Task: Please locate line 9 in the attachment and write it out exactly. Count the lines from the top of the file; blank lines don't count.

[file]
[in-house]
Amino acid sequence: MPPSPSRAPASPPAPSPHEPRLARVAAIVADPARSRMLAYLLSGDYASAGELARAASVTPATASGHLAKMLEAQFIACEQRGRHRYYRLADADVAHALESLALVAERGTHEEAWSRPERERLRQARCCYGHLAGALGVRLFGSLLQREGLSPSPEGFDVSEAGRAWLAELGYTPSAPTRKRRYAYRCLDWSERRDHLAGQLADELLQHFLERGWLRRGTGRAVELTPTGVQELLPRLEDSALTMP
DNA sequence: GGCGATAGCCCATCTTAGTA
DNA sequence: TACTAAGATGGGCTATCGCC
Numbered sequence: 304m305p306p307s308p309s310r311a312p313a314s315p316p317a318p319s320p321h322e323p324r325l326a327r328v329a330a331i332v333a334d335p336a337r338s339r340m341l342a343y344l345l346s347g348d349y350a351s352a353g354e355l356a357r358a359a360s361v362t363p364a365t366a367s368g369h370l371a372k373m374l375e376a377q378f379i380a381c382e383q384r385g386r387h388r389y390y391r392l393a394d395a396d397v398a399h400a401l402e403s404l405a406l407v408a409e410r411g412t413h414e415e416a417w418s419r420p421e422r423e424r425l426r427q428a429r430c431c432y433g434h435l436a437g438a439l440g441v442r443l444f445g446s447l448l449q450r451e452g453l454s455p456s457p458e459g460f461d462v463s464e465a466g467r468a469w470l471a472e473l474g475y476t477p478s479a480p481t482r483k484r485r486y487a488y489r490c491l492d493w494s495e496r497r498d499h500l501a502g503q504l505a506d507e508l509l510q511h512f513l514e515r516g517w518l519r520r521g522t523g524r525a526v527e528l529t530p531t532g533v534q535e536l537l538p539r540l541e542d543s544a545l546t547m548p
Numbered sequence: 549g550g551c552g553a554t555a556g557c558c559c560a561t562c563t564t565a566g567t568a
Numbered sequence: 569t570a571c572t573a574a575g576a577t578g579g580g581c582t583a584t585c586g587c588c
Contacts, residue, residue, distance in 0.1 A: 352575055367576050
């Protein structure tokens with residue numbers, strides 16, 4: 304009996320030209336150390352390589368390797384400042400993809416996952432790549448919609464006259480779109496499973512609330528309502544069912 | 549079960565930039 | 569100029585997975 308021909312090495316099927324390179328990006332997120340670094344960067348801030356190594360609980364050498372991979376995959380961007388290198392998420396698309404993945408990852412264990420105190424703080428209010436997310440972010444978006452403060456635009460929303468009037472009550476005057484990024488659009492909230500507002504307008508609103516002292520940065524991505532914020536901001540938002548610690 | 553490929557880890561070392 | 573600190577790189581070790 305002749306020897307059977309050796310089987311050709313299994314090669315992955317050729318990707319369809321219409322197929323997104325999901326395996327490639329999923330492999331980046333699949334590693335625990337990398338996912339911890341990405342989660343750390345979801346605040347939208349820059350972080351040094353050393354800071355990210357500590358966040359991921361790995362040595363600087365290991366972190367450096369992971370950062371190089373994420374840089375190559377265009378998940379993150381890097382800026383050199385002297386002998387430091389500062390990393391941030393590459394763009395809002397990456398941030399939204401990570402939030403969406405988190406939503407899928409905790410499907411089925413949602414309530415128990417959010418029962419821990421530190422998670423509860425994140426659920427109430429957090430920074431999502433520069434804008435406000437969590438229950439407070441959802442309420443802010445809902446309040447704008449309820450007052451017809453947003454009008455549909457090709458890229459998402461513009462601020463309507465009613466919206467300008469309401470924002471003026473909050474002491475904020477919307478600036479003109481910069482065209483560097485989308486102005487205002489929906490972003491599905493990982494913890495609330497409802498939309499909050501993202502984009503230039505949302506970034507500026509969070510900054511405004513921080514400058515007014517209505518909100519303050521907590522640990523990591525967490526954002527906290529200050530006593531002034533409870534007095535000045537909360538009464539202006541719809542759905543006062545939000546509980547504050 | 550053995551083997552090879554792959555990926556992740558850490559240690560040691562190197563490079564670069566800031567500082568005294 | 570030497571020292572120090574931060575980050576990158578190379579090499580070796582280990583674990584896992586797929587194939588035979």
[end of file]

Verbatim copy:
């Protein structure tokens with residue numbers, strides 16, 4: 304009996320030209336150390352390589368390797384400042400993809416996952432790549448919609464006259480779109496499973512609330528309502544069912 | 549079960565930039 | 569100029585997975 308021909312090495316099927324390179328990006332997120340670094344960067348801030356190594360609980364050498372991979376995959380961007388290198392998420396698309404993945408990852412264990420105190424703080428209010436997310440972010444978006452403060456635009460929303468009037472009550476005057484990024488659009492909230500507002504307008508609103516002292520940065524991505532914020536901001540938002548610690 | 553490929557880890561070392 | 573600190577790189581070790 305002749306020897307059977309050796310089987311050709313299994314090669315992955317050729318990707319369809321219409322197929323997104325999901326395996327490639329999923330492999331980046333699949334590693335625990337990398338996912339911890341990405342989660343750390345979801346605040347939208349820059350972080351040094353050393354800071355990210357500590358966040359991921361790995362040595363600087365290991366972190367450096369992971370950062371190089373994420374840089375190559377265009378998940379993150381890097382800026383050199385002297386002998387430091389500062390990393391941030393590459394763009395809002397990456398941030399939204401990570402939030403969406405988190406939503407899928409905790410499907411089925413949602414309530415128990417959010418029962419821990421530190422998670423509860425994140426659920427109430429957090430920074431999502433520069434804008435406000437969590438229950439407070441959802442309420443802010445809902446309040447704008449309820450007052451017809453947003454009008455549909457090709458890229459998402461513009462601020463309507465009613466919206467300008469309401470924002471003026473909050474002491475904020477919307478600036479003109481910069482065209483560097485989308486102005487205002489929906490972003491599905493990982494913890495609330497409802498939309499909050501993202502984009503230039505949302506970034507500026509969070510900054511405004513921080514400058515007014517209505518909100519303050521907590522640990523990591525967490526954002527906290529200050530006593531002034533409870534007095535000045537909360538009464539202006541719809542759905543006062545939000546509980547504050 | 550053995551083997552090879554792959555990926556992740558850490559240690560040691562190197563490079564670069566800031567500082568005294 | 570030497571020292572120090574931060575980050576990158578190379579090499580070796582280990583674990584896992586797929587194939588035979």